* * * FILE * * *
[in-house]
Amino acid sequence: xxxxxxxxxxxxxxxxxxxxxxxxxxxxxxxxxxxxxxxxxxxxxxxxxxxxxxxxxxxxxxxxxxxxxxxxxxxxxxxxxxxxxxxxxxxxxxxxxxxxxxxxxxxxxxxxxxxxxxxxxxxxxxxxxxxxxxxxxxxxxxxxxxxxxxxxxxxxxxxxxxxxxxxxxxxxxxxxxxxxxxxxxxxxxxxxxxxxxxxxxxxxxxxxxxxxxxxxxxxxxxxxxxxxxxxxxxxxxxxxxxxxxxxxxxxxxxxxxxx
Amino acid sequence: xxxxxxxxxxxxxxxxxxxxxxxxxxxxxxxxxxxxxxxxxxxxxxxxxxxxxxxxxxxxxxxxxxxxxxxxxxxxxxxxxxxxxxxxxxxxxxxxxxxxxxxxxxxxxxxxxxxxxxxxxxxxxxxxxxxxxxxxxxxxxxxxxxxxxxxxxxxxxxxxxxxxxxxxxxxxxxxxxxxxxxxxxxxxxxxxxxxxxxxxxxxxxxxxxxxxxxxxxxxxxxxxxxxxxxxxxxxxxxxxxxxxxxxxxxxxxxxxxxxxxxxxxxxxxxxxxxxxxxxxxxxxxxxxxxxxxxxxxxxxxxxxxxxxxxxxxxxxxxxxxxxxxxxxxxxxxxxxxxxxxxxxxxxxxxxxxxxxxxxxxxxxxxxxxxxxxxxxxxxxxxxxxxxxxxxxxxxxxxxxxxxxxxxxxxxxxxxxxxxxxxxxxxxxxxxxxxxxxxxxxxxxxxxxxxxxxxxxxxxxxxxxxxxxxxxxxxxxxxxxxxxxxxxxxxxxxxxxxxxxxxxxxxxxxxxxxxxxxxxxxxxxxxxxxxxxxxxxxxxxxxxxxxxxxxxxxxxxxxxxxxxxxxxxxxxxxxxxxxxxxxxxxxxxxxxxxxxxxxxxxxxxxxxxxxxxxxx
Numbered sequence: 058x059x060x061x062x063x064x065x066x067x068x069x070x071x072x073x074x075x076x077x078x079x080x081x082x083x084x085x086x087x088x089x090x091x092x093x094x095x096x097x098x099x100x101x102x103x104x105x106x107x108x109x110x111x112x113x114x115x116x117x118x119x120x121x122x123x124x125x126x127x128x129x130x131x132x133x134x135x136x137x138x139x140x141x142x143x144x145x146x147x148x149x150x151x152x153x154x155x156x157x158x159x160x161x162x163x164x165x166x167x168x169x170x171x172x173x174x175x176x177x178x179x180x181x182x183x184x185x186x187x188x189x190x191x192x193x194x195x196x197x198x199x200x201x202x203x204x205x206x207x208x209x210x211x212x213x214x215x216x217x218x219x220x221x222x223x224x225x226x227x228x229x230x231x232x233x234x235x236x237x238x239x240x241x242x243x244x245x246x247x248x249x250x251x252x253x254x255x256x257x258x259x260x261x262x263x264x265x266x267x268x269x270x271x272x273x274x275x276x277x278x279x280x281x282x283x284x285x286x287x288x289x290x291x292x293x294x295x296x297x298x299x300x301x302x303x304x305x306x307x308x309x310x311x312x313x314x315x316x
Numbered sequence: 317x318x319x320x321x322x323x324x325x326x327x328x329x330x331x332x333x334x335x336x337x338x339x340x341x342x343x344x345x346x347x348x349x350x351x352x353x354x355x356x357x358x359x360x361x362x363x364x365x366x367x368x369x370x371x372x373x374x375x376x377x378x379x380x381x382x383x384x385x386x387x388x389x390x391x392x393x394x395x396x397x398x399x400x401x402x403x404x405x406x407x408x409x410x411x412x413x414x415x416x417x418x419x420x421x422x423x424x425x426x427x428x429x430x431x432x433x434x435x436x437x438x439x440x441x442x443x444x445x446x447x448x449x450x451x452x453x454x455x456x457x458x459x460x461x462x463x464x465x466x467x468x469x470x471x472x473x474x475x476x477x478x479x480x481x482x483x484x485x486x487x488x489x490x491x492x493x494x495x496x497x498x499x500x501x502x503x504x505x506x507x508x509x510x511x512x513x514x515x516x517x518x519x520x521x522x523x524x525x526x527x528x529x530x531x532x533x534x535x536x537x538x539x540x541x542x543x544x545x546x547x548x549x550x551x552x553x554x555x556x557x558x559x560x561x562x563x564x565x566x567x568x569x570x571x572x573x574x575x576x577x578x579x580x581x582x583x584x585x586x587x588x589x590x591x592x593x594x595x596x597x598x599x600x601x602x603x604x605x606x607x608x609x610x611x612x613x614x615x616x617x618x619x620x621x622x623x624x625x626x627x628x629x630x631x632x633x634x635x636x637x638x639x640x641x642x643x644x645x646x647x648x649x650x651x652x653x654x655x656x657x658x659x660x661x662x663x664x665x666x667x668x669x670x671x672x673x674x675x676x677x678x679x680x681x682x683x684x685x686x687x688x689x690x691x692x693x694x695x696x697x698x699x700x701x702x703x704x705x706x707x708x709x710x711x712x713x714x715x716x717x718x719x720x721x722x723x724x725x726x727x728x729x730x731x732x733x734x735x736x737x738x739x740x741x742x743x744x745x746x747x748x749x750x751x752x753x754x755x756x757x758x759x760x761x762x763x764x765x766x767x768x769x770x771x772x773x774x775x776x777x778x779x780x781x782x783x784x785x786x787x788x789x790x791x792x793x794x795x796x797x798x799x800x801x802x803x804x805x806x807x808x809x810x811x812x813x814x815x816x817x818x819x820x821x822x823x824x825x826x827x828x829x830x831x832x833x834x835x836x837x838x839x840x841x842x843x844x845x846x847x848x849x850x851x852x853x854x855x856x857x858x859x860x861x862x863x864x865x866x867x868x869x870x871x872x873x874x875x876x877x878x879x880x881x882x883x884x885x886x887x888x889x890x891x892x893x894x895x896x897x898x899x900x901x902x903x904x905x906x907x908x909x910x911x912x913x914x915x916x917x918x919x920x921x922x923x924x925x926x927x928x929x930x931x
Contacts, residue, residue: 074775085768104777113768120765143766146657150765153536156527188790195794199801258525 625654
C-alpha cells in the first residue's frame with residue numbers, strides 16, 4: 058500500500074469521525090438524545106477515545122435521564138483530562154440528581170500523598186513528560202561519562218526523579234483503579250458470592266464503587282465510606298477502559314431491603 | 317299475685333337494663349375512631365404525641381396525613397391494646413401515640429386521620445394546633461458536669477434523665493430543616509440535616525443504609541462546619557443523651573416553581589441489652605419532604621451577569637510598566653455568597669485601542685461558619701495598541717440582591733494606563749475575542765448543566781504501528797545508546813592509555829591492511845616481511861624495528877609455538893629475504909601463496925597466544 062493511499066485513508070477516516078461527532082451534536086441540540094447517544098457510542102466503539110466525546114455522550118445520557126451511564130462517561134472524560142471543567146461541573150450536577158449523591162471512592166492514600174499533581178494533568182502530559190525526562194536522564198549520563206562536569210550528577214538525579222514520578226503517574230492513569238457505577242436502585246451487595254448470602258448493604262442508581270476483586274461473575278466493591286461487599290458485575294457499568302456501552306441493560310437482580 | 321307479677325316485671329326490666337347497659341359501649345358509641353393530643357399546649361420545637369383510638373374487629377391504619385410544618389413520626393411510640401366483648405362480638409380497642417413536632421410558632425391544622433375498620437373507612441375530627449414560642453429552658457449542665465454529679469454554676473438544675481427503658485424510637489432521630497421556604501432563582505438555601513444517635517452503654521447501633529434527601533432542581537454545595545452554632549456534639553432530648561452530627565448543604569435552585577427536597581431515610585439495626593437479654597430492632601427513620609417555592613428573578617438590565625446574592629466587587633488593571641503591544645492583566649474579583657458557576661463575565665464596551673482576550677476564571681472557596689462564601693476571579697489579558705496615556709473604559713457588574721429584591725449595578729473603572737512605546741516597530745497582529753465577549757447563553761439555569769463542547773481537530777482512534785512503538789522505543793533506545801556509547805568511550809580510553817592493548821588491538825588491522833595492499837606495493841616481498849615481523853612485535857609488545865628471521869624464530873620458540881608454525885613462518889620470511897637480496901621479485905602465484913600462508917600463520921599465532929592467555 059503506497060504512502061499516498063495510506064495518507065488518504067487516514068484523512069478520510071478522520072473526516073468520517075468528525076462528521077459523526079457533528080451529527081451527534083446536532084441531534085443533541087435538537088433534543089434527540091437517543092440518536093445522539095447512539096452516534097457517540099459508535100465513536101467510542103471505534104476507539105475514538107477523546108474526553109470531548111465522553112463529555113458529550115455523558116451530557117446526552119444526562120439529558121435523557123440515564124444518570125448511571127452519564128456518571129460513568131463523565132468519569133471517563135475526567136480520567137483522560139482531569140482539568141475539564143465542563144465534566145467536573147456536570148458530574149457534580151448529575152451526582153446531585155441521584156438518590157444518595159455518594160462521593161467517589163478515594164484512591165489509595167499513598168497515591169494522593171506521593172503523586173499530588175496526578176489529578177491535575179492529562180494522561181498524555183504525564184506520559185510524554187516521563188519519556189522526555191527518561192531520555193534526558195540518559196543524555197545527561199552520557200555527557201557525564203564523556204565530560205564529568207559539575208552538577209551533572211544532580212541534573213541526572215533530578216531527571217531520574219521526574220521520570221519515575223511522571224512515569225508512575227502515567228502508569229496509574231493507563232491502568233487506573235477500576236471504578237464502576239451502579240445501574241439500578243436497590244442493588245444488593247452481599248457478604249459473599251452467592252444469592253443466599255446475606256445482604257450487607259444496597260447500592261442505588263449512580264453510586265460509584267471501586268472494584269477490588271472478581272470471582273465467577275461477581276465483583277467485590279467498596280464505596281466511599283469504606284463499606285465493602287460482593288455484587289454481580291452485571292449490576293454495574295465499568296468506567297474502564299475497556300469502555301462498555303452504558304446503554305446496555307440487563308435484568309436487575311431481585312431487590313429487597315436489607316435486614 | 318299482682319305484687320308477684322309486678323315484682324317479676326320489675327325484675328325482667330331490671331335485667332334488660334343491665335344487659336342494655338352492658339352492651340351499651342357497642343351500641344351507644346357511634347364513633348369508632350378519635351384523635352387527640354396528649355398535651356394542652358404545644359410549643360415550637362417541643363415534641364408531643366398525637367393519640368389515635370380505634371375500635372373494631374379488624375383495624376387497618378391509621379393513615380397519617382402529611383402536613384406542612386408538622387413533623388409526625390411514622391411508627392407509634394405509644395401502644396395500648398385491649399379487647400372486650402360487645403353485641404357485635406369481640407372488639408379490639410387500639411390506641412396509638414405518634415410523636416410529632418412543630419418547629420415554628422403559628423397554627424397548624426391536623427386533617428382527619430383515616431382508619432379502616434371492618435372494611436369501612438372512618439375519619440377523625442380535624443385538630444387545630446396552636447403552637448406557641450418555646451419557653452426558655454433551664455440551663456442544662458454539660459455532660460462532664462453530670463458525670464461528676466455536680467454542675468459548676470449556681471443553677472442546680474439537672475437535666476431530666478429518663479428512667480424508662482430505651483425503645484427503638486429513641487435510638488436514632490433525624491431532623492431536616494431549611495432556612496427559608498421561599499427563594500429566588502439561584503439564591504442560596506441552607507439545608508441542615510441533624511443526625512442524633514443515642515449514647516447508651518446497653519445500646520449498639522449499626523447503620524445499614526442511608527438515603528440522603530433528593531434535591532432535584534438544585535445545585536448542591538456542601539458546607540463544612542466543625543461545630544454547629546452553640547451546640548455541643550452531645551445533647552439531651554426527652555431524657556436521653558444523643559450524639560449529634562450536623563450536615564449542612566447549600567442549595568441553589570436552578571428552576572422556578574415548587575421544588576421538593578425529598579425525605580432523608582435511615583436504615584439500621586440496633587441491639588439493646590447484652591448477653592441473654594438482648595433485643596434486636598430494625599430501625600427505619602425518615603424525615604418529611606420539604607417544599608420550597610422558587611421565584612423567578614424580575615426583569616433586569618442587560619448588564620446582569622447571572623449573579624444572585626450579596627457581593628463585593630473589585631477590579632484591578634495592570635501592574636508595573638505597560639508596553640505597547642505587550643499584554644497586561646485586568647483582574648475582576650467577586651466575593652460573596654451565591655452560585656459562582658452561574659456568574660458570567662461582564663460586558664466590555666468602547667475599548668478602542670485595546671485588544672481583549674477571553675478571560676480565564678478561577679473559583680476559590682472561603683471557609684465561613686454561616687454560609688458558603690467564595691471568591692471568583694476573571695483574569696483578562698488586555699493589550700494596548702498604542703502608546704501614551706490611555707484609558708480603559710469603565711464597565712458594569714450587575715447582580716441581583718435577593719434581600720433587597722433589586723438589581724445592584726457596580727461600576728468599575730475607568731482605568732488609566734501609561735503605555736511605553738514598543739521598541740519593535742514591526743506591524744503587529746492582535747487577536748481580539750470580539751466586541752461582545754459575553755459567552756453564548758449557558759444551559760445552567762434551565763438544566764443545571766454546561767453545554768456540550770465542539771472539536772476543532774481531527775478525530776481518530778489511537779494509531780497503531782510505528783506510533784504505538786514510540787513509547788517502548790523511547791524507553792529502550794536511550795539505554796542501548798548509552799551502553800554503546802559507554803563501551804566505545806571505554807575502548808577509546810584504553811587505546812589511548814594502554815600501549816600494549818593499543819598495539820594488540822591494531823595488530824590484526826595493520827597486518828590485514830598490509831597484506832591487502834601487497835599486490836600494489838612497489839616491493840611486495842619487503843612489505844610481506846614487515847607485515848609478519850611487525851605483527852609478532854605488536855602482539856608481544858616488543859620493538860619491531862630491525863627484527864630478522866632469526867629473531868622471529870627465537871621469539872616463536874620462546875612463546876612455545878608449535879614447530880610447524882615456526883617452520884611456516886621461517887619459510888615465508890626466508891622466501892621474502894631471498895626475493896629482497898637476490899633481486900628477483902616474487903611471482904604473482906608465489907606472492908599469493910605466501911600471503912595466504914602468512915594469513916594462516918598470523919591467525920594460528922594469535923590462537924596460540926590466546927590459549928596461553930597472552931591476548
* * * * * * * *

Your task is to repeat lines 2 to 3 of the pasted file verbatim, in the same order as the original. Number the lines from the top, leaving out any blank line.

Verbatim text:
Amino acid sequence: xxxxxxxxxxxxxxxxxxxxxxxxxxxxxxxxxxxxxxxxxxxxxxxxxxxxxxxxxxxxxxxxxxxxxxxxxxxxxxxxxxxxxxxxxxxxxxxxxxxxxxxxxxxxxxxxxxxxxxxxxxxxxxxxxxxxxxxxxxxxxxxxxxxxxxxxxxxxxxxxxxxxxxxxxxxxxxxxxxxxxxxxxxxxxxxxxxxxxxxxxxxxxxxxxxxxxxxxxxxxxxxxxxxxxxxxxxxxxxxxxxxxxxxxxxxxxxxxxxx
Amino acid sequence: xxxxxxxxxxxxxxxxxxxxxxxxxxxxxxxxxxxxxxxxxxxxxxxxxxxxxxxxxxxxxxxxxxxxxxxxxxxxxxxxxxxxxxxxxxxxxxxxxxxxxxxxxxxxxxxxxxxxxxxxxxxxxxxxxxxxxxxxxxxxxxxxxxxxxxxxxxxxxxxxxxxxxxxxxxxxxxxxxxxxxxxxxxxxxxxxxxxxxxxxxxxxxxxxxxxxxxxxxxxxxxxxxxxxxxxxxxxxxxxxxxxxxxxxxxxxxxxxxxxxxxxxxxxxxxxxxxxxxxxxxxxxxxxxxxxxxxxxxxxxxxxxxxxxxxxxxxxxxxxxxxxxxxxxxxxxxxxxxxxxxxxxxxxxxxxxxxxxxxxxxxxxxxxxxxxxxxxxxxxxxxxxxxxxxxxxxxxxxxxxxxxxxxxxxxxxxxxxxxxxxxxxxxxxxxxxxxxxxxxxxxxxxxxxxxxxxxxxxxxxxxxxxxxxxxxxxxxxxxxxxxxxxxxxxxxxxxxxxxxxxxxxxxxxxxxxxxxxxxxxxxxxxxxxxxxxxxxxxxxxxxxxxxxxxxxxxxxxxxxxxxxxxxxxxxxxxxxxxxxxxxxxxxxxxxxxxxxxxxxxxxxxxxxxxxxxxxx